NHL Hockey Betting Primer
by Trevor Whenham - 12/15/2006
I live in Western Canada. Unless you are here, you wouldn't realize how important hockey is to Canadians. College football barely registers, and it certainly doesn't get any time on sports talk radio or television sports shows. College basketball gets some attention in March, but that's it. The NFL is the second biggest sport, but it doesn't garner the same interest. Baseball only factors in when the Blue Jays are competitive (never, in other words), and only Steve Nash makes people care about the NBA. It's singularly about hockey. It's all sports fans talk about and you can catch games every night. Hockey commentators are national celebrities, and every move is dissected from every possible angle. The fact that there are a lot of sports I like better than hockey is like a dirty secret I have to keep to myself so I don't get kicked out of the country.
If there is one thing that confounds Canadians it's why the rest of the continent doesn't care about their beloved sport. You don't, and I have lots of theories why, but the important thing is that the general American apathy towards the sport can create profitable opportunities for the savvy bettor.
In order to make money over the long term in any kind of sports betting situation, you need to have information and analysis that gives you an edge over the general public so that you can be on the right side of bets enough times to show a profit. That's why winning consistently on the NFL is such a challenge - there is so much knowledge and information out there that unique information that gives you an edge is hard to find. Because comparatively few people care about hockey, and put the effort into handicapping hockey, exploitable situations can arise.
My home and native land may give you maple syrup, Pamela Anderson (sorry about that) and bacon that looks like ham, but we can also give you the edge you're looking for. Hockey coverage, in-depth analysis, Web sites and blogs full of opinions and statistics exist in far higher concentration in Canada than they do in the U.S. Archived content in newspapers and radio and TV websites can tell you what is going on in markets that the betting public probably isn't following. Canadian television stations show several games a night. A little bit of work on your part can lead to you having a lot more information than most people.
Another advantage presented by hockey is the relatively low volumes of bets. Alexander Ovechkin, Washington's sophomore star, is one of the truly great talents in hockey. In basketball terms, if he weren't LeBron he'd at least by Dwyane Wade. Because of the lack of national attention he gets, though, his game on Friday night against Atlanta drew about as many bets as the college basketball game between Eastern Washington and Oregon. The fewer bets there are on a game, the more potential for inefficiencies there are, and the better the chances that you can exploit a line that you perceive to be inaccurate.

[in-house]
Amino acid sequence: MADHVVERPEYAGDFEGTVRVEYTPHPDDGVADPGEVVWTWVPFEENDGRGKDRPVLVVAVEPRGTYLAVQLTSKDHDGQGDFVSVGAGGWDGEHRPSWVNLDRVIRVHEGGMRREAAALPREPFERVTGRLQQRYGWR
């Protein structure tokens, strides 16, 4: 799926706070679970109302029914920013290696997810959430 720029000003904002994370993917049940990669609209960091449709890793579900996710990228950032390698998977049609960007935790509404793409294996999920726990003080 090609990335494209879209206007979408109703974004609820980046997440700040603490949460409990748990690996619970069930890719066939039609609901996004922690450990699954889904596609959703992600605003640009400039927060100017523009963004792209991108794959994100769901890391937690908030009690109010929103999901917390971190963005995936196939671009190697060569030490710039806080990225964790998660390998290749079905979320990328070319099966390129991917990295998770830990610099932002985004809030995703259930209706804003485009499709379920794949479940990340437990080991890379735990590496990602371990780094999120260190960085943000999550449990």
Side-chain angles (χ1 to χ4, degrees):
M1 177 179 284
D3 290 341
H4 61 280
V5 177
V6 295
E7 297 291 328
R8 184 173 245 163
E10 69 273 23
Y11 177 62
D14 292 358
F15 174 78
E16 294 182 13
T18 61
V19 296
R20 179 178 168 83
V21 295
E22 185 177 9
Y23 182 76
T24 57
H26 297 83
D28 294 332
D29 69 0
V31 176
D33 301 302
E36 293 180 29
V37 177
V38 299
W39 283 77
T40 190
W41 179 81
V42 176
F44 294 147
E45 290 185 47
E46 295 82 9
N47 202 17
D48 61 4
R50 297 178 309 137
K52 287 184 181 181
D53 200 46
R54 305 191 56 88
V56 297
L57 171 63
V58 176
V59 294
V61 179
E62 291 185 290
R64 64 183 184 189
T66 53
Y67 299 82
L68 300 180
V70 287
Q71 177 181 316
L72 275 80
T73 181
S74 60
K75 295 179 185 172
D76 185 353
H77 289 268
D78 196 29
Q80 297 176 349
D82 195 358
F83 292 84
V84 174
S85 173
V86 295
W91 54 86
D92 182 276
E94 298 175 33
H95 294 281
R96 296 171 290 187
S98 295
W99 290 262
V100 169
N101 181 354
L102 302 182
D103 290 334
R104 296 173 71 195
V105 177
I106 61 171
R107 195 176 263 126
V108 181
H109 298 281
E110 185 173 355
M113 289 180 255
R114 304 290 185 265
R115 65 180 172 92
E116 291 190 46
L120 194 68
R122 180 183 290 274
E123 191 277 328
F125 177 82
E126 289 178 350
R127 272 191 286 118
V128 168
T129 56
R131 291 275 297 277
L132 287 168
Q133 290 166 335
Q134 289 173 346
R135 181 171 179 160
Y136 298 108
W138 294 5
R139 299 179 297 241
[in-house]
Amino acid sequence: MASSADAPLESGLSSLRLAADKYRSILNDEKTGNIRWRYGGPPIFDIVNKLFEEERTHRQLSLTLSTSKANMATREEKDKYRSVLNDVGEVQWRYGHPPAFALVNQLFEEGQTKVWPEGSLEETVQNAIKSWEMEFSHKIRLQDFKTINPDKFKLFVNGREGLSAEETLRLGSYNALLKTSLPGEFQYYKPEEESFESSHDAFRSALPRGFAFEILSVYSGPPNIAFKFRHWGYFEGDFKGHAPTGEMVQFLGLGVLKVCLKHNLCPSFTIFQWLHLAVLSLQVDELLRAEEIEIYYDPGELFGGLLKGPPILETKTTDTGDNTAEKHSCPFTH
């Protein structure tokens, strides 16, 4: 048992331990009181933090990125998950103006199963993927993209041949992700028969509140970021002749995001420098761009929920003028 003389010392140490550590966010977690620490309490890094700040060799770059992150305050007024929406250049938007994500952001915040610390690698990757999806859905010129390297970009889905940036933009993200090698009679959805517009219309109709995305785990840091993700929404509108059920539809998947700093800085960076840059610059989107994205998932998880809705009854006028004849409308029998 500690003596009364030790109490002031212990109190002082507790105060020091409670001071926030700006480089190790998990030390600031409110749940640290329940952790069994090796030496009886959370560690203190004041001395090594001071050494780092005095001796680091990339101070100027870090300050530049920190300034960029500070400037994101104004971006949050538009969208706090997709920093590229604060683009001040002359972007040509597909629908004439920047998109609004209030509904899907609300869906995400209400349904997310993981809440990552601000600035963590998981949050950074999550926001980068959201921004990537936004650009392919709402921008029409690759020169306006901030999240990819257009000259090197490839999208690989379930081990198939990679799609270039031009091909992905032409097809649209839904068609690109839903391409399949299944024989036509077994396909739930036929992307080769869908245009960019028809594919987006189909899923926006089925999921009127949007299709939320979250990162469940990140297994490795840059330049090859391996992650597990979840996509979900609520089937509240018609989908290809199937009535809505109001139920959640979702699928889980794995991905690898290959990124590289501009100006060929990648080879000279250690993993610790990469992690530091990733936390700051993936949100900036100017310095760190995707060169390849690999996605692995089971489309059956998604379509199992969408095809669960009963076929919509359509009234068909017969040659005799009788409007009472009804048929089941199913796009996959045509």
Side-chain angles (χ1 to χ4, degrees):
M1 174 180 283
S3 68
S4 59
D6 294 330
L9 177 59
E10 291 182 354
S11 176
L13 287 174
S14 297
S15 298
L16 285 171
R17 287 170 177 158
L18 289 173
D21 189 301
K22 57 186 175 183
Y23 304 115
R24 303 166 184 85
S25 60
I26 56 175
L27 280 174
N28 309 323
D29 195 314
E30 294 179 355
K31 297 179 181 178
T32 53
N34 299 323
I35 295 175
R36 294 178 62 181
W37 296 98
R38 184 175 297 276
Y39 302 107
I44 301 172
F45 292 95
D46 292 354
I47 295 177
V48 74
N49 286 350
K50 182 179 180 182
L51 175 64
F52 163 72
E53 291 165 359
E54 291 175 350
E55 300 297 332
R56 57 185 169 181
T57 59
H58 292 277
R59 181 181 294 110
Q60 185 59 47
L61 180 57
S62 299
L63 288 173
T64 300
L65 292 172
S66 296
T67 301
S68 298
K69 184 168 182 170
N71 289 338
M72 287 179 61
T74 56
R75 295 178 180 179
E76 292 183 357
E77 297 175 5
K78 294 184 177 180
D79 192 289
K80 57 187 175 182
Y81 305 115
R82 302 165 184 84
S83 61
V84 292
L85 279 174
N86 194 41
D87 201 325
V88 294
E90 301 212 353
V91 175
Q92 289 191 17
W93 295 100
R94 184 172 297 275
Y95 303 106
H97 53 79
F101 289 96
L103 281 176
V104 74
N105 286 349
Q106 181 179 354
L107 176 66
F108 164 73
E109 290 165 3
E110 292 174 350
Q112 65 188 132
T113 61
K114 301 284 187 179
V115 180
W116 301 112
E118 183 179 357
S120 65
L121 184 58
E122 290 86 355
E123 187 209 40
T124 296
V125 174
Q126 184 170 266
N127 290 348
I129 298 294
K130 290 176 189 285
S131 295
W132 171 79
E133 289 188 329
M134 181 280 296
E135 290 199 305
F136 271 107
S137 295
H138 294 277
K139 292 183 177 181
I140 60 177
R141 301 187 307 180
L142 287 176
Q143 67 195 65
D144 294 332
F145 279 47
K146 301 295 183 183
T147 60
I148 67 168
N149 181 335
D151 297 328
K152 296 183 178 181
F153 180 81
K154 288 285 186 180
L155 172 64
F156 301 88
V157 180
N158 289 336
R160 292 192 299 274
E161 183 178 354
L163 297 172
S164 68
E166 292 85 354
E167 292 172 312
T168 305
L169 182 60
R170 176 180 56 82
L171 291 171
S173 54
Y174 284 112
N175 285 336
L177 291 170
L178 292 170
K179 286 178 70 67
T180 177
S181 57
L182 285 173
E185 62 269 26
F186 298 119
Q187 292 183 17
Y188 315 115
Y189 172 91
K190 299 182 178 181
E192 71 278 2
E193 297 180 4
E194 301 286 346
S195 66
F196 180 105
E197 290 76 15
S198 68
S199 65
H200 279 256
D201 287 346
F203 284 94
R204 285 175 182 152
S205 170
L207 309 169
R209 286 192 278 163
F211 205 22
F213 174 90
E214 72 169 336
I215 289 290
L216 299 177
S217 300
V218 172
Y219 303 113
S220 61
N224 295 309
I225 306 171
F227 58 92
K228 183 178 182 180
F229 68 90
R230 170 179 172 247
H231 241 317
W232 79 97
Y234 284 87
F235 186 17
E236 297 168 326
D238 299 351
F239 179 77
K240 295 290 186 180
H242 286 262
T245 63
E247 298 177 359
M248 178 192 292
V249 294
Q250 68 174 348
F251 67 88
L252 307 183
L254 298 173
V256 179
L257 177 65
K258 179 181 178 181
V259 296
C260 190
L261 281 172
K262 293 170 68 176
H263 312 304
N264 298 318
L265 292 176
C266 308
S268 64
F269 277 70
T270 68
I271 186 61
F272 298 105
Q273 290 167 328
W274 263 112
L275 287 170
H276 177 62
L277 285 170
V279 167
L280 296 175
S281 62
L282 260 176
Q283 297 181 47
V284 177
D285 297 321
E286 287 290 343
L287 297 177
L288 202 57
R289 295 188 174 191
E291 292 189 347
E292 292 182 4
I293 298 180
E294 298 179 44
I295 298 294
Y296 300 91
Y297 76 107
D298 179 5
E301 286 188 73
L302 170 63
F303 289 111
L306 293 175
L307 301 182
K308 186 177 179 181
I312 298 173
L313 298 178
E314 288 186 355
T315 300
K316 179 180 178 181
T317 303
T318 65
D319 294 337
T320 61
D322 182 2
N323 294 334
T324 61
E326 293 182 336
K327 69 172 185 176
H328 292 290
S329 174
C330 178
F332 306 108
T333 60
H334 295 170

The other opportunity created by hockey is that people who do bet it will often go for the teams that they do actually hear a bit about. That means that certain teams are going to be overplayed, creating lines that might create value in the fade. The Detroit Red Wings, for example, have been one of the best teams of the last decade, and they get more attention than most teams both in their local area and nationally. They are having yet another very solid year, going 18-8-4 so far. Despite that, the public affection means that they are a betting disaster for the public - they are 13-17 ATS, the have gone under 17 times in 25 tries, and they are a very solid loser on the moneyline over the season. Florida, on the other hand, is a team that no one pays attention to. Despite having a pitiful record of 10-18-6, they are a very respectable 19-15 ATS, which is the highest number of covers in the league. By paying a little attention to which teams the public likes, then, you can often make sure you find yourself on the right side of games just by avoiding what the public thinks.
Another profit opportunity in hockey, much like in basketball, is the streak. Because teams play so much it is not at all uncommon to see a team settle into long winning, or losing, streaks. By spotting those teams and riding them out you can often make a nice profit. The Anaheim Ducks, for example, have lost just once in their last 11 games. You can make money on a streak like that regardless of how low their odds are. The Calgary Flames are a particularly interesting case. They have won a team record 10 games in a row at home, and just lost their fifth straight on the road. They are on a six game road trip, so some handicapping-free profits seem to be possible unless the trend reverses itself.
Thanks to the relatively small betting pools and the relatively little attention paid to the sport there are definite opportunities to make money betting on hockey. Do Canada a favor - pay a bit of attention to their sport, eh.